It’s been a hard couple of years for Desiree, too. Her father, Tom, suffered a traumatic brain injury last year, and is slowly getting back to normal. Desiree’s mother, Diana (72), has health issues as well—and her health took a turn for the worse after her husband’s fall and stay in the ICU. Tom was the primary caretaker for his wife and mother before his injury.
Then Papa stepped in to help.
Papa Pal, Jessica, finds her second family
Jessica began visiting Papa member Diana two days a week. And soon Diana’s mother-in-law, Margaret, became comfortable with Jessica and began requesting her as a Papa Pal too. Jessica got to meet the whole family and says each one helps out however they can. “It takes a total village.”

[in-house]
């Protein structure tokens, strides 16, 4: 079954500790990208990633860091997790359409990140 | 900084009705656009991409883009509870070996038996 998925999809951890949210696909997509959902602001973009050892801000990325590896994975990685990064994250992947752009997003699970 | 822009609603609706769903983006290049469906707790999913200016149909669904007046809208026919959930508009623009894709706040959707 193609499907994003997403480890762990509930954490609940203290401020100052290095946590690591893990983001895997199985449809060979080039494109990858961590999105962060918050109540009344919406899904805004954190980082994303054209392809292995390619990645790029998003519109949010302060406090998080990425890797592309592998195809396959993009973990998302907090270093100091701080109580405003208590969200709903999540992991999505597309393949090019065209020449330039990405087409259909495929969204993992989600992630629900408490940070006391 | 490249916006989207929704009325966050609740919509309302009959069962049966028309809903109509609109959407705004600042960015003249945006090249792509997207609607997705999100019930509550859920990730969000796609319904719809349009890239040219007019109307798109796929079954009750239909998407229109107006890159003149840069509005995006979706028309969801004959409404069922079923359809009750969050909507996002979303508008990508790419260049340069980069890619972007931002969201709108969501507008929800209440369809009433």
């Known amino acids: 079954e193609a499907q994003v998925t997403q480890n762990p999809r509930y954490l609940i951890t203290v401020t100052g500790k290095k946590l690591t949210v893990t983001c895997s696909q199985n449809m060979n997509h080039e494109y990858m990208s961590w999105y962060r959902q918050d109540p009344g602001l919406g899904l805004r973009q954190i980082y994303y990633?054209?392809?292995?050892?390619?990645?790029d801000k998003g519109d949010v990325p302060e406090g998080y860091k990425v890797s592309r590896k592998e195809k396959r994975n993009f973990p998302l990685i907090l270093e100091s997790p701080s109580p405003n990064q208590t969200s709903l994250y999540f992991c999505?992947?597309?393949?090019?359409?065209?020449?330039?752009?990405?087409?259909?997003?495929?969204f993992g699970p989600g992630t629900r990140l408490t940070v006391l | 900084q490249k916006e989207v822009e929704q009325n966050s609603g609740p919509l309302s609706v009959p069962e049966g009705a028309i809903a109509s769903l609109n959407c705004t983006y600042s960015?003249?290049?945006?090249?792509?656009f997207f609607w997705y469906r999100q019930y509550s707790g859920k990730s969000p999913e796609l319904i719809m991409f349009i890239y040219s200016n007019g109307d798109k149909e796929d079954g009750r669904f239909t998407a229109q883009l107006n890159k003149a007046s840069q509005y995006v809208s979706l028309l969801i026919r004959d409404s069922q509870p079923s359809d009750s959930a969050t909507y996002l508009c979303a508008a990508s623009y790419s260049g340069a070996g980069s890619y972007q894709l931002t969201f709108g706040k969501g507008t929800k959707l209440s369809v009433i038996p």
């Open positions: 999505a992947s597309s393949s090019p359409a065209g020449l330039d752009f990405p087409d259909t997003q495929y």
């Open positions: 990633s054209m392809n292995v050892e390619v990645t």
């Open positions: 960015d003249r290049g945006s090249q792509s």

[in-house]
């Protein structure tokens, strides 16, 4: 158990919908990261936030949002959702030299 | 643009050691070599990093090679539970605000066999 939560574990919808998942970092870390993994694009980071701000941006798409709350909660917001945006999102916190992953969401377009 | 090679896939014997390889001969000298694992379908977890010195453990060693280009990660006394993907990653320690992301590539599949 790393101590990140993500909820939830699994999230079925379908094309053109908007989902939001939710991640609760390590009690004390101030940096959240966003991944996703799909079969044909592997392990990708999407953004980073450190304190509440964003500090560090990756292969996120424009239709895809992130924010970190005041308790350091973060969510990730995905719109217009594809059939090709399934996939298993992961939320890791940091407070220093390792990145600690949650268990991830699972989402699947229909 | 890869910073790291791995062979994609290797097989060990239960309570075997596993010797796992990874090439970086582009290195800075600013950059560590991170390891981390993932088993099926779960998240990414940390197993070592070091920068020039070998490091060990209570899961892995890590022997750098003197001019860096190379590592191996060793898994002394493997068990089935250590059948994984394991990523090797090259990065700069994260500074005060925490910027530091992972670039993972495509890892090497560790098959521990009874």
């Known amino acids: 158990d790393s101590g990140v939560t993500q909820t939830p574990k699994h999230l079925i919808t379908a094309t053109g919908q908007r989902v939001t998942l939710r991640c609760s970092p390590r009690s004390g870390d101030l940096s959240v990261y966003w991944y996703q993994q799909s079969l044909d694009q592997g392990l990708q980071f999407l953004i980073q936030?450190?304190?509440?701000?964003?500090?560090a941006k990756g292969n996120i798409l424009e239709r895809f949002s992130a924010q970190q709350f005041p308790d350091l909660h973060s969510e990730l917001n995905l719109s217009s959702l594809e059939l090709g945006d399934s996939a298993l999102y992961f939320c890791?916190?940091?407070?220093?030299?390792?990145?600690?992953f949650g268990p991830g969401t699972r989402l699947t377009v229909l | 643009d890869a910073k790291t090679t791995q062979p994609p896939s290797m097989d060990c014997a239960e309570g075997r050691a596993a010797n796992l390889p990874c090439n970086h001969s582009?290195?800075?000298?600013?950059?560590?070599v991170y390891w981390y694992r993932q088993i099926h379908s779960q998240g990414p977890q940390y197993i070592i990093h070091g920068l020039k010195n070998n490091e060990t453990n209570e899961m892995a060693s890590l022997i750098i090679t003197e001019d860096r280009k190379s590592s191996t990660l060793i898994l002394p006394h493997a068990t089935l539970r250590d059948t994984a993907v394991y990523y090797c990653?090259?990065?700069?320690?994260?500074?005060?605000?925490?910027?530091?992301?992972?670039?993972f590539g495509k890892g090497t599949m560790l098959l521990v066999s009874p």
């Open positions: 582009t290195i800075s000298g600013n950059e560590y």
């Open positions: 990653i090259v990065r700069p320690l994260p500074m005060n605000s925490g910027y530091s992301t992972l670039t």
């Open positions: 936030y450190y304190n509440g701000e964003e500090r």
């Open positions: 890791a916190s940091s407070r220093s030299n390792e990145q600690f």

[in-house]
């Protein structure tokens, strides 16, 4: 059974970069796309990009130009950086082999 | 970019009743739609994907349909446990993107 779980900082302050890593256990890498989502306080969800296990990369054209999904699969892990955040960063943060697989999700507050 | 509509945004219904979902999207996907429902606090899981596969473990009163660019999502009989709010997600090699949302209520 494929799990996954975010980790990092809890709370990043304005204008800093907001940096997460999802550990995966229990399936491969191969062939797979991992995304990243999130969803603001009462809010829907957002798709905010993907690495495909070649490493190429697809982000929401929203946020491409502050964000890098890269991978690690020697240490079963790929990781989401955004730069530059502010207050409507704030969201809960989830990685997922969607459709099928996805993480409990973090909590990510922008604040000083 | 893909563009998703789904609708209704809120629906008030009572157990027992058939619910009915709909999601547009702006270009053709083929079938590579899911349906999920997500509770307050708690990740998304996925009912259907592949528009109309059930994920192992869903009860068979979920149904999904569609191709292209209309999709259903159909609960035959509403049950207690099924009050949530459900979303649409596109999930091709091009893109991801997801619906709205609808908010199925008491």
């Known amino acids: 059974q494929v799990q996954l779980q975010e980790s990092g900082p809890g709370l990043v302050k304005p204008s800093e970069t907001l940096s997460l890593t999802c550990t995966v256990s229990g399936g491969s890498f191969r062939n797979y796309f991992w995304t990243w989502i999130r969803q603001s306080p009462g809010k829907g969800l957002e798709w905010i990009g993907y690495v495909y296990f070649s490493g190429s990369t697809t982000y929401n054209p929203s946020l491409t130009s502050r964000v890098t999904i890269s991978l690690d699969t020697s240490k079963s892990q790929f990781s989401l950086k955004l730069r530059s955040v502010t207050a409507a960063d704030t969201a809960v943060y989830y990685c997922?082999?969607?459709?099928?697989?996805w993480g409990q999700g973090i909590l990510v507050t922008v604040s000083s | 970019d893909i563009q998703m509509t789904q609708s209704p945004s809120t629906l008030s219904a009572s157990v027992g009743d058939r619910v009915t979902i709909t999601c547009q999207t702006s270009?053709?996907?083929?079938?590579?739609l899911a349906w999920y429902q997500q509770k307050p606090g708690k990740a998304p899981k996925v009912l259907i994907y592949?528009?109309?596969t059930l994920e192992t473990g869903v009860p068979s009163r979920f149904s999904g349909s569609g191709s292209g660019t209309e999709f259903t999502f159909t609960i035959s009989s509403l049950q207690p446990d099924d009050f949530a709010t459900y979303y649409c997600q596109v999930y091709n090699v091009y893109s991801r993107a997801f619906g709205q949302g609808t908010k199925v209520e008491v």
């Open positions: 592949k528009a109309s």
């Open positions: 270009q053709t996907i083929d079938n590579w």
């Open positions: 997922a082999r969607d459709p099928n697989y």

Diana was often anxious when they first started visiting, so Jessica shared some breathing techniques she’d learned with her dad. She takes Diana to therapy appointments and they also go out for fun. Jessica has witnessed Diana become more confident and lively as the weeks go by. “She feels like, when she goes out with me, it’s like going out with girlfriends,” Jessica says. “I’ve seen a big change in her personality.”
For 103-year-old Margaret, the presence of Jessica is enough. She holds her hand and sits with her on the couch, making small talk. Being together.
As Margaret’s 103rd birthday approached, Diana knew she wanted to do something special.